Veronique — précisément.
This lack of accountability was obvious (and widely noted), of course, at the time the prediction was made by Team Obama that the stimulus spending would save a certain number of jobs. Here’s what I said then:
Suppose Ms. Famous Economist X predicts that “Unemployment will be about 10% on 1/1/10 without the bill, and about 8% with the bill”. What do you think will happen when New Year’s day 2010 rolls around and unemployment is 9.8%? I think it’s a very, very safe bet that Ms. X will say something like “Yes, but other conditions deteriorated faster than anticipated (who could have guessed that China would do a massive currency revaluation in the summer of 2009?), so if we hadn’t passed the stimulus bill, unemployment would have been more like 12%. So you see, I was right after all; it reduced unemployment by about 2%.” This is the problem with such non-experimental sciences – we have no way to measure the counterfactual.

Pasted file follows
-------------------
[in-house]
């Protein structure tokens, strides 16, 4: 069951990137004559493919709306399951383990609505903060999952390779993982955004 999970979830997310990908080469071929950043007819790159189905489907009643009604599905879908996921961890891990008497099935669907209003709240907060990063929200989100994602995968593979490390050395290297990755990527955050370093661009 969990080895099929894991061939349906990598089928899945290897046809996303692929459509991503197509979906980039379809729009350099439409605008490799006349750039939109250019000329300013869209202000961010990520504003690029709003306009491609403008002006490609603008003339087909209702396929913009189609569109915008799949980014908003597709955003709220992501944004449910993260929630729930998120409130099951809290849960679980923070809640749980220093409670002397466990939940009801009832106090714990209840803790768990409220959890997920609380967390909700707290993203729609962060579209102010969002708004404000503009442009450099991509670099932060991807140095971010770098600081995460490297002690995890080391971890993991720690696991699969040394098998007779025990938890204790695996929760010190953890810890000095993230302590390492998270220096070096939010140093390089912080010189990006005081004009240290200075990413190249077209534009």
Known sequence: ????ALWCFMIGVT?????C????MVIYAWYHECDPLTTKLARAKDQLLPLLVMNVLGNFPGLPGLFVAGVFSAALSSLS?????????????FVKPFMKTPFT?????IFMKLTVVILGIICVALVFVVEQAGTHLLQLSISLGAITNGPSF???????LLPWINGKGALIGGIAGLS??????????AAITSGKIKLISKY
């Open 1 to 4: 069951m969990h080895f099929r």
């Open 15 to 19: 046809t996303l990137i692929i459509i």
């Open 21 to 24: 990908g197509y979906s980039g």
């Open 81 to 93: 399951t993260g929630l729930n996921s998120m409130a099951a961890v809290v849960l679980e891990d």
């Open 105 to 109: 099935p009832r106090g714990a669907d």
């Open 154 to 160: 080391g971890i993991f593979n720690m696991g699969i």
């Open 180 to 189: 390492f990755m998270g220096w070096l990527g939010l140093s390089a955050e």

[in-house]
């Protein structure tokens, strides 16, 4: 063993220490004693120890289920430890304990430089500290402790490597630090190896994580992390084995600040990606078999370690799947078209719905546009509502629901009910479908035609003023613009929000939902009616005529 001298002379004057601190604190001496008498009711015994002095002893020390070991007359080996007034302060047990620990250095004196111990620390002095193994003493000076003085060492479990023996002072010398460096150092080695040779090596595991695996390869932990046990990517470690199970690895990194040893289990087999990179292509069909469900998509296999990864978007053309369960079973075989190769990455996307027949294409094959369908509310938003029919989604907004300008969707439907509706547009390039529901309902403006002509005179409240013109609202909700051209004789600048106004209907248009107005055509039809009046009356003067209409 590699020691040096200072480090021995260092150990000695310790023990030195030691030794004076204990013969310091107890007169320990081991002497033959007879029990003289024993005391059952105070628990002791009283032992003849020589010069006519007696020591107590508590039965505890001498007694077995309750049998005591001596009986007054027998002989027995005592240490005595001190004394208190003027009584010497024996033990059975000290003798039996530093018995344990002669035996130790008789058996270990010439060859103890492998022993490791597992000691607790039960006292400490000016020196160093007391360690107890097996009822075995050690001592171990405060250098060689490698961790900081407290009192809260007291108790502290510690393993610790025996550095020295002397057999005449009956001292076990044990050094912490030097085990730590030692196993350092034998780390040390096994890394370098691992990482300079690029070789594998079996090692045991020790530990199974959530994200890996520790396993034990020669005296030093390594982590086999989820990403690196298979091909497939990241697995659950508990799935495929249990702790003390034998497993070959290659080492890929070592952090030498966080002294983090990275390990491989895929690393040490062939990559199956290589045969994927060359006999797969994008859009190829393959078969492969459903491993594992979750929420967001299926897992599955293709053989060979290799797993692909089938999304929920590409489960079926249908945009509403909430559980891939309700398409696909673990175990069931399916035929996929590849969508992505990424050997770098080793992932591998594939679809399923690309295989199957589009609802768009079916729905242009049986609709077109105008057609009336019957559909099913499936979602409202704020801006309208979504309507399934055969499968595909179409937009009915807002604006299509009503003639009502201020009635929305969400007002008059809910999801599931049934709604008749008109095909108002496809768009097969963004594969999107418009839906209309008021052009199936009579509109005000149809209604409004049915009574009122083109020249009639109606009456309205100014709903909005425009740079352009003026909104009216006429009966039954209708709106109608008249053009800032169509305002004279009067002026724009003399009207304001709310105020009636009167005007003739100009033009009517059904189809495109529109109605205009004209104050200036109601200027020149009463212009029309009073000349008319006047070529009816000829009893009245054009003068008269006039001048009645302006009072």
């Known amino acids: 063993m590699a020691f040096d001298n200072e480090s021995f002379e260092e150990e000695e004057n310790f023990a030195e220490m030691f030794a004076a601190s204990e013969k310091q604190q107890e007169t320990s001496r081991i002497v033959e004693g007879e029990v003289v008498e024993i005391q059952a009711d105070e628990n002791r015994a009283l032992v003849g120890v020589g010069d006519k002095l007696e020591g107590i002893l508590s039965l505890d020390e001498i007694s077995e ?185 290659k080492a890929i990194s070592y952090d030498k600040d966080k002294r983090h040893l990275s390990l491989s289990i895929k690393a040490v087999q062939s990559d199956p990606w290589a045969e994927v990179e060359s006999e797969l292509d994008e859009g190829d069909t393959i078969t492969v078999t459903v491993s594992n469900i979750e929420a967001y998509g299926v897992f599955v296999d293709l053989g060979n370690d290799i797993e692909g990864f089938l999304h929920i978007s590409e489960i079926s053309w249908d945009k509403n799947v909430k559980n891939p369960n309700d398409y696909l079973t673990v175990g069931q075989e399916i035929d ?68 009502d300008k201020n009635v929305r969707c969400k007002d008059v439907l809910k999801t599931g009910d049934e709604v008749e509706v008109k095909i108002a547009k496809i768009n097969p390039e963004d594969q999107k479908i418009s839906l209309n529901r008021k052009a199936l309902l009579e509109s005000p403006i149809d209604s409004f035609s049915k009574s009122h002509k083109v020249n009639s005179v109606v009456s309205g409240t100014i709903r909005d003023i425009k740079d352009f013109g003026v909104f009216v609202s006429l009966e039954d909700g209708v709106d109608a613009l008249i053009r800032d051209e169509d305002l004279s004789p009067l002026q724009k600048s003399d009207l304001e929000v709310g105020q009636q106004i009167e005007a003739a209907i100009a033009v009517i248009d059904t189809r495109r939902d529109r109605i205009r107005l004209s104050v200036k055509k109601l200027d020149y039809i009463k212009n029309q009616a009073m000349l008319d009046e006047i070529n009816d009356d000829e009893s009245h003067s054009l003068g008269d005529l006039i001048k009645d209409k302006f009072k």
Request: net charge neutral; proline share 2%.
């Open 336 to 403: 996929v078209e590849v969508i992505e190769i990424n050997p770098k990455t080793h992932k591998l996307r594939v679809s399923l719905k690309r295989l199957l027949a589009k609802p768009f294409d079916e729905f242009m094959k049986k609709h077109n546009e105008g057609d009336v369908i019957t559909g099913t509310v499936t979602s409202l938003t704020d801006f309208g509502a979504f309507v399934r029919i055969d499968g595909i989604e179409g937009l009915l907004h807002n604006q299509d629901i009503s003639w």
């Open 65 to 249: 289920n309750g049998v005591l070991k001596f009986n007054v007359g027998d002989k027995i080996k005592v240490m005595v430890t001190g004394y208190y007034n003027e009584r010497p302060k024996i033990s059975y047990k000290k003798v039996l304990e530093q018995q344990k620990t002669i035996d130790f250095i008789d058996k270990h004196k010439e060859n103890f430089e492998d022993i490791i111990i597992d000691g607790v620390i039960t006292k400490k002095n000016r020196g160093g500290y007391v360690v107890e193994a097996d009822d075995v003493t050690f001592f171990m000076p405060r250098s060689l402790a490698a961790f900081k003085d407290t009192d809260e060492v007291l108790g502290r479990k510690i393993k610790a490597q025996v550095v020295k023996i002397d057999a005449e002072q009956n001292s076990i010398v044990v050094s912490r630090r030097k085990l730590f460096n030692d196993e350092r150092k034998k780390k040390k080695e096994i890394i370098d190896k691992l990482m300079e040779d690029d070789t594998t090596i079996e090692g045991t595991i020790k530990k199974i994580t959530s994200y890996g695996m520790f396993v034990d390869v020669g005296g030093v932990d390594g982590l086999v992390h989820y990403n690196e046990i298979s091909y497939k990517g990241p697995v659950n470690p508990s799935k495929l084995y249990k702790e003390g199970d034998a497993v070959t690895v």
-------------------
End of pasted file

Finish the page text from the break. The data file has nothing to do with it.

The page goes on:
Here’s how I proposed at the time making a version of such a prediction which would actually allow for at least some accountability:
Anyone who claims to know the impact should escrow a copy of the source code of the econometric model that is used to make the prediction, along with a stated confidence interval, operational scripts, and assumptions for all required non-stimulus inputs that populate the model with a named third-party. Upon reaching the date for which the prediction is made, the third-party should run the model with the actual data for all non-stimulus assumptions and compare the model result to actual. Any difference would be due to model error. We actually still would not be able to partition the sources of error between “error in predicting causal impact of stimulus” and “other”, but at least we would have a real measurement of model accuracy for this instance.
To my knowledge, no government or academic macroeconomists actually did this. I wonder why not?